The PicLan-IP Web Server now has a name, Coyote. Here are the answers to some frequently asked questions.
Coyote is the web server component of the PicLan-IP software suite. With Coyote, your Multi-Value host system can directly publish both static and dynamic web content over either in-house intranet or world-wide internet connection.
The Coyote web server is the only HTTP server that is implemented within the Multi-Value environment. Instead of relying on external servers, Coyote allows the Multi-Value environment to control the complete web environment. The unique design of Coyote and PicLan-IP provides for unmatches simplicity, performance and versatility while allowing you to fully utilize your Multi-Value expertise.
Why is it so important to control the web from within the Multi-Value environment?If you are currently using a Multi-Value host system to run your business applications, we think that you should use the same system to host your web applications. The reasons are simple. You know the MV environment and programming languages. You data is in the MV environment. And you want to be able to leverage what you have to get what you want. A world-wide view of your existing application and data. Coyote lets you do this without having to abandon your existing expertise, data, or applications.
The Coyote web server is not licensed based on users, system size, number of connections, or other parameters that you may be used to with MV systems. Instead, Coyote is licensed based on the amount of network bandwidth that will be generated by web pages. Coyote licenses are available starting at $1495 for 8K/second and range upward through $5995 to drive a full T-1 line. A complete PicLan-IP end-user price list is available here.
Does Coyote use MV licenses?No. The PicLan-IP suite of server products runs completely on Multi-Value "phantom" or "background" ports and does not consume any MV user licenses or seats. Because PicLan-IP communicates with network connections using high-performance socket calls instead of terminal I/O streams, applications run on processes that are not communicating with individual users and as such do not consume MV licenses.
Ins't licensing based on bandwidth expensive?We think the answer to this is no. Coyote is usually far less expensive than other products when you consider all of the costs involved. Coyote is completely self-contained. With other solutions, you need to license additional web servers products, often purchase external server hardware, and license MV user seats for web applications. This can make a solution with Coyote as little as 10% of other solutions.
Another way of looking at it is that cost of the Coyote software license is about the same as two months of internet connection costs. This means that the overall cost of running a public web site is dominated by the cost of your connection and not by the cost of software.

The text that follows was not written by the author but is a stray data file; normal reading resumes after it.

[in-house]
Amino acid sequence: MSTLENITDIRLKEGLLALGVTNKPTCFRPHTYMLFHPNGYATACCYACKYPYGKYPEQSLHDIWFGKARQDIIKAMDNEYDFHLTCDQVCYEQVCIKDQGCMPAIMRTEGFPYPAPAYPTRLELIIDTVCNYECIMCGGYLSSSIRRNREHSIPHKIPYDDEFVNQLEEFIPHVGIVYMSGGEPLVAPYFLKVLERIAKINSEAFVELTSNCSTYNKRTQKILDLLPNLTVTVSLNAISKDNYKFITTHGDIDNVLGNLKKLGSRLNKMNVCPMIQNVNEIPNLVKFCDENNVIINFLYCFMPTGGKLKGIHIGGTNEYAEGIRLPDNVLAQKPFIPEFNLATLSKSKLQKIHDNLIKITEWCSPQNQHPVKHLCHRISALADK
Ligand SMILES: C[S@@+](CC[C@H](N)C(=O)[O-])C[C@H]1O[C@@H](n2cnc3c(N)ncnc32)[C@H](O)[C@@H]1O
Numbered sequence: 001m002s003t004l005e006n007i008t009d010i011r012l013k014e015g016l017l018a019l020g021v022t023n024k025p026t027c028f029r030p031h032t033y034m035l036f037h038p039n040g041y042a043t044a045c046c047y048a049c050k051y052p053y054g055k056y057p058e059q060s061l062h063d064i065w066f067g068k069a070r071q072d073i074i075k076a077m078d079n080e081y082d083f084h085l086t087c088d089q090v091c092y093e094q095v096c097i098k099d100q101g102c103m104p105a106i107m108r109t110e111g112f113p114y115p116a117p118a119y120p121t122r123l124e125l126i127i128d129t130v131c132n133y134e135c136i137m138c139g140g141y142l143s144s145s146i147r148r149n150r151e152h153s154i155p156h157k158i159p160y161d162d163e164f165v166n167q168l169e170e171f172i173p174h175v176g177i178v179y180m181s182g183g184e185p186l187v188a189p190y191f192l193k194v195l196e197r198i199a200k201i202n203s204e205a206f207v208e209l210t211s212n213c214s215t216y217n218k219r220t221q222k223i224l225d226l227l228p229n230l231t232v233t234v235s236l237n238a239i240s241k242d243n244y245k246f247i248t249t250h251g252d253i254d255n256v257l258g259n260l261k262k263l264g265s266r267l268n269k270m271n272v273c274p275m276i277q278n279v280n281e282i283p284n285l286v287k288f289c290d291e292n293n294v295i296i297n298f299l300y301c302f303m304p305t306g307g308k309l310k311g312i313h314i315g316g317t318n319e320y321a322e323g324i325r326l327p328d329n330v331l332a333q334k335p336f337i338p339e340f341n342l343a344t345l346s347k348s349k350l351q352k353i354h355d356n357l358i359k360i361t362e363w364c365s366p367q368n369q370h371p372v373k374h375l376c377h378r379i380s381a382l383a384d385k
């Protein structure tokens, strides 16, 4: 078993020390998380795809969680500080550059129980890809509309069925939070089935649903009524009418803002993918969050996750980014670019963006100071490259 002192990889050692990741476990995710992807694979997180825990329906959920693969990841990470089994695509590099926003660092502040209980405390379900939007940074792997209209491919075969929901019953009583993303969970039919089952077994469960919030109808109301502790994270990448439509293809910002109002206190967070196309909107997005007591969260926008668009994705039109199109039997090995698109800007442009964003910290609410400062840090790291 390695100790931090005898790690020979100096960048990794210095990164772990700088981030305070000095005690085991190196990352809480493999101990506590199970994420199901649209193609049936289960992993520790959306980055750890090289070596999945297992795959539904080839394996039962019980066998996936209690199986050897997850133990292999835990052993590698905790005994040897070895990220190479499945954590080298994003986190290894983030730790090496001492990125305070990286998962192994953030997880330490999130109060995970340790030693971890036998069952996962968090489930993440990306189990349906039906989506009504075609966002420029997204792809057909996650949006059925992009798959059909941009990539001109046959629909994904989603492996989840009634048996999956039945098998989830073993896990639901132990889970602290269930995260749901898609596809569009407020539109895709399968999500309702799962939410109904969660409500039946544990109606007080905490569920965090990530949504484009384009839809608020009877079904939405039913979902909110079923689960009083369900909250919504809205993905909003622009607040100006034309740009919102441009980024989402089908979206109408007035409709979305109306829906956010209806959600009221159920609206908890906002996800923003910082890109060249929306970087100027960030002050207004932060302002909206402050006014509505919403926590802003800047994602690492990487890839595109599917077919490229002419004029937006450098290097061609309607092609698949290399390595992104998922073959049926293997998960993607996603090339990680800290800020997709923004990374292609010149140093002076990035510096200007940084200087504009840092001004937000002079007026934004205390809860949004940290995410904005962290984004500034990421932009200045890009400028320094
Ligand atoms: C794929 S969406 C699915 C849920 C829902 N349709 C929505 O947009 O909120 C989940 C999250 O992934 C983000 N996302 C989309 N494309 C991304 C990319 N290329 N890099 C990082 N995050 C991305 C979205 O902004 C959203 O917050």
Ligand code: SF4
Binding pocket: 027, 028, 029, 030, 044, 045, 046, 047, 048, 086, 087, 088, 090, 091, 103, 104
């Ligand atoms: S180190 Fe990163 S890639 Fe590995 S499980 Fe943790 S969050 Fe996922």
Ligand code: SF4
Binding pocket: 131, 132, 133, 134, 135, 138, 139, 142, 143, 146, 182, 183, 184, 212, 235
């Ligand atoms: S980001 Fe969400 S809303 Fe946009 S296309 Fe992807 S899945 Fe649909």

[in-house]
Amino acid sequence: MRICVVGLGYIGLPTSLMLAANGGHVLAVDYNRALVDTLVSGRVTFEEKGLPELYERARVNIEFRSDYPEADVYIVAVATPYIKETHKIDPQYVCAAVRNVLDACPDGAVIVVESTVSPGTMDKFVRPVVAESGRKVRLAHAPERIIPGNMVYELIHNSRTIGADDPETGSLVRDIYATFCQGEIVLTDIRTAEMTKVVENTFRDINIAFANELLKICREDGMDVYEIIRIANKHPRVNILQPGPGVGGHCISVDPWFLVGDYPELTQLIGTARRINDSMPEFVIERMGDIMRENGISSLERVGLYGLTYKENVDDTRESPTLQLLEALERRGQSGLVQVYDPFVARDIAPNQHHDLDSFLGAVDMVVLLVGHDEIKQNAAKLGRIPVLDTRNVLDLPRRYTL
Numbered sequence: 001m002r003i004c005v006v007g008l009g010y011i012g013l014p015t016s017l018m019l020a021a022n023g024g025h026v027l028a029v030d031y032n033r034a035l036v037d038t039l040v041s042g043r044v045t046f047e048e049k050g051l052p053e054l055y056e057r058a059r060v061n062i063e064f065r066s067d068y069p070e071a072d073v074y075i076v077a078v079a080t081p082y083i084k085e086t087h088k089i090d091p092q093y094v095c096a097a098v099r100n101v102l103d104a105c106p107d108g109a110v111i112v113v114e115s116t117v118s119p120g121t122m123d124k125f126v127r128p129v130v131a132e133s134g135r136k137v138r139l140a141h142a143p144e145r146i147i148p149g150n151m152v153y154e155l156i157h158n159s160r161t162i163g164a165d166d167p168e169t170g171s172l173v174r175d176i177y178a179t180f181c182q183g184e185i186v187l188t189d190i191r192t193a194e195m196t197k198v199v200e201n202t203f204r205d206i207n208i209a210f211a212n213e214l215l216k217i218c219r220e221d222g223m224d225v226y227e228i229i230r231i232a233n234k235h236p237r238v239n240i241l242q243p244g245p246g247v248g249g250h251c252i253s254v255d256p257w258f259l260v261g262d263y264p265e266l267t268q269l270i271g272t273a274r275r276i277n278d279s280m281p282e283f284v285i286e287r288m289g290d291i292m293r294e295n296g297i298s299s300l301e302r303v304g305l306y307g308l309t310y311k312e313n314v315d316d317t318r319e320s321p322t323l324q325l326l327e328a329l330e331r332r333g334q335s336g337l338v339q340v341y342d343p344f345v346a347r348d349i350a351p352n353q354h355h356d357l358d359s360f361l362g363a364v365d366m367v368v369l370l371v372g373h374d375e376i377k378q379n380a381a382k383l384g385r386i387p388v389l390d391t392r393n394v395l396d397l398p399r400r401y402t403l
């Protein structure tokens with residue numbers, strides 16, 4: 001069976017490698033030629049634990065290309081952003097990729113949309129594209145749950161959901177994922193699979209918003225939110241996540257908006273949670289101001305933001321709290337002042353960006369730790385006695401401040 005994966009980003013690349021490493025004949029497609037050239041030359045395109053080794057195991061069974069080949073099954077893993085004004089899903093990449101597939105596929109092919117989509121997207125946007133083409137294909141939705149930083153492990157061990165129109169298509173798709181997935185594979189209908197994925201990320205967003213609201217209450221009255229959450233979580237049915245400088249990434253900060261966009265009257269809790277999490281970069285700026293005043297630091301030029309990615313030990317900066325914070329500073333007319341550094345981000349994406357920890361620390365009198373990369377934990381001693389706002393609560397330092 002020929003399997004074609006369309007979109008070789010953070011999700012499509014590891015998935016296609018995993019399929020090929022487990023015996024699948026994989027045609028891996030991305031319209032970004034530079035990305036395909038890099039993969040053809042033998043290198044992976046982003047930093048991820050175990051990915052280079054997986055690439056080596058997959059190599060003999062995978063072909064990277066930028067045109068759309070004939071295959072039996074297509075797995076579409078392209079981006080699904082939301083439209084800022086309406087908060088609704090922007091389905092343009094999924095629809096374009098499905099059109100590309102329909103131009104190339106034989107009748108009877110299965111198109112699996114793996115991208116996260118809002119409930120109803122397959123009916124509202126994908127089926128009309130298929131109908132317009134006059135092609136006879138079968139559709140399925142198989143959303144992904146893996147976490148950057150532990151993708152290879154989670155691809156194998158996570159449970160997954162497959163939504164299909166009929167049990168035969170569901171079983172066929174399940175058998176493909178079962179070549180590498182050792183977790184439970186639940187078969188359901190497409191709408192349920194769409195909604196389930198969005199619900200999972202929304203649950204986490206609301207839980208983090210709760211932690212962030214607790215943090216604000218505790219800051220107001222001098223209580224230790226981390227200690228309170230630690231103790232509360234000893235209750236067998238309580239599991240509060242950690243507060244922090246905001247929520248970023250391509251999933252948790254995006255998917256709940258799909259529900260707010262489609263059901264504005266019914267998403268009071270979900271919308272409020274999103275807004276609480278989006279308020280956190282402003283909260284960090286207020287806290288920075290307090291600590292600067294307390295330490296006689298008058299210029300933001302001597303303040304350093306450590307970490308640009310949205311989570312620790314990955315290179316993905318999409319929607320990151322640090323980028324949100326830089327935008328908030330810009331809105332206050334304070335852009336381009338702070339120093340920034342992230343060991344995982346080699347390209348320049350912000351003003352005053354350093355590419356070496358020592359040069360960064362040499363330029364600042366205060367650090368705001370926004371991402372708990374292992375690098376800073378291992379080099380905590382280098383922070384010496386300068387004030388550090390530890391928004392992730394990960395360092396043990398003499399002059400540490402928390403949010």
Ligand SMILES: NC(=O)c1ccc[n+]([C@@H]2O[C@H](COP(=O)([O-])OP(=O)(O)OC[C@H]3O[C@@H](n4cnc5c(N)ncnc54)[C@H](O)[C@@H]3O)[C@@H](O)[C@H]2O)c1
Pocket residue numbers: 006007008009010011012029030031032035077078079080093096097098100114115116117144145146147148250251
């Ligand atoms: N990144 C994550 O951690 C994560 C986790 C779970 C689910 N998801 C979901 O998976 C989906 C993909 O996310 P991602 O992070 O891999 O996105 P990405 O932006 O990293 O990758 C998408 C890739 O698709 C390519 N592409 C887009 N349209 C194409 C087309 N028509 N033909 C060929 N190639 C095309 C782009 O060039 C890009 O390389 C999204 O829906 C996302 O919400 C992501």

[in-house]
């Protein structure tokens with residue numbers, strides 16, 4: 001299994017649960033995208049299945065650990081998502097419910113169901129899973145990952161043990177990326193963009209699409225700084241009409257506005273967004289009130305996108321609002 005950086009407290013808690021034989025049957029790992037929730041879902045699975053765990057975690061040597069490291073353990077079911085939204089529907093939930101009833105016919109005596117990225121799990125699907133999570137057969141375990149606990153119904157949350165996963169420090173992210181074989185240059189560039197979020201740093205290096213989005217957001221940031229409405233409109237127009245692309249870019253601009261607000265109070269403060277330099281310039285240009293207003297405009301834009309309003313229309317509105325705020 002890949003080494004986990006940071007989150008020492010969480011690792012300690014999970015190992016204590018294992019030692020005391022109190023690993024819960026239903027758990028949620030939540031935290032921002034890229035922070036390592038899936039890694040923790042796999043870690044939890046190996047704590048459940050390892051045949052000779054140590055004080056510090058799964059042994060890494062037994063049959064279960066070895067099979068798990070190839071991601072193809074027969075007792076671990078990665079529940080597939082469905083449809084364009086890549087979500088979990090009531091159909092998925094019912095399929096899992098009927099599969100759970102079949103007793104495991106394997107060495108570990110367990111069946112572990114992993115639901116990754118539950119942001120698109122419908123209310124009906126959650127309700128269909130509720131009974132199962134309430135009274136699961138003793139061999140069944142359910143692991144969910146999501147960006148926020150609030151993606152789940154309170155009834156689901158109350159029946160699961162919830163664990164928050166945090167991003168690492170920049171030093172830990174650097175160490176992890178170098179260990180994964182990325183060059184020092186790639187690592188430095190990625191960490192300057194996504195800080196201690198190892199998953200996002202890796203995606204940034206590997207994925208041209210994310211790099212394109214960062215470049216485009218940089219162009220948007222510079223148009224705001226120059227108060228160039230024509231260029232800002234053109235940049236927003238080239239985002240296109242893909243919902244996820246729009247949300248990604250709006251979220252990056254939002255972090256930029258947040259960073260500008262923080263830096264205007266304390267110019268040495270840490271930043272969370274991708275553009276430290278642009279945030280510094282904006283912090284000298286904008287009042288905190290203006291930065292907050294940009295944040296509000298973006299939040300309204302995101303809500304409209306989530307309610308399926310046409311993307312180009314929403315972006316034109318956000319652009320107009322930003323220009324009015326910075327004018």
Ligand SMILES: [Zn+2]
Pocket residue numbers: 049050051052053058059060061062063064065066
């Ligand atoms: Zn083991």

As an example, compare Coyote with Pick Systems Flash Connect. With Flash connect, you pay $1000 plus $350-$400 (a Pick user license) for each "user" that is running a web application. If you need to support 100 concurrent users on a T-1 line, this would cost $36,000 for Flash Connect versus $3995 for Coyote.
What happens when you hit Coyote's license bandwidth?If you have more activity that your Coyote server is licensed for, the nework connections just slow down. This is exactly the same situation as saturating your internet connection. New connections are not refused and the software does not generate any error messages. The outbound bandwidth just hits the limit and stays there.
Measuring web server performance is both easy and hard. Even though programs like webstone and WebSpec allow web server performance to be stated quantitatively, evaluating web server performance is still a tricky task. Our testing of Coyote shows that any modern MV host should be able to drive a full T-1 line to saturation without great difficulty. This can also be stated as 30-70 hits/second or 1800-4200 hits/minute. If the average page size is 5K, then this translates to 175K-350K bytes per second which is more than a T-1.
The fastest test that we have run with Coyote maxxed out at about 1400K/second which is faster than normal Ethernet. This was done on a dual-proc Pentium 200 MMX server with mvBase and is far from the fastest system you can build. It was a test with large pages with very little mv/BASIC interaction and is probably not representative of what you could get from a real application with live data.
Achieving decent web server performance within Coyote is pretty easy. Getting this level of performance out of your application code may be a bit harder and depends on your code design, database design, and coding style. In other words, you mileage may vary.
As a side note, we have looked high and low for other products that state performance numbers. We have not seen any Multi-Value products that were willing to post actual data. As a comparison, Microsoft has quoted 50 hits/second for CGI applications running with IIS. It is assumed that this test was done on a quad-processor Pentium PRO-200 system (this is what Microsoft generally runs).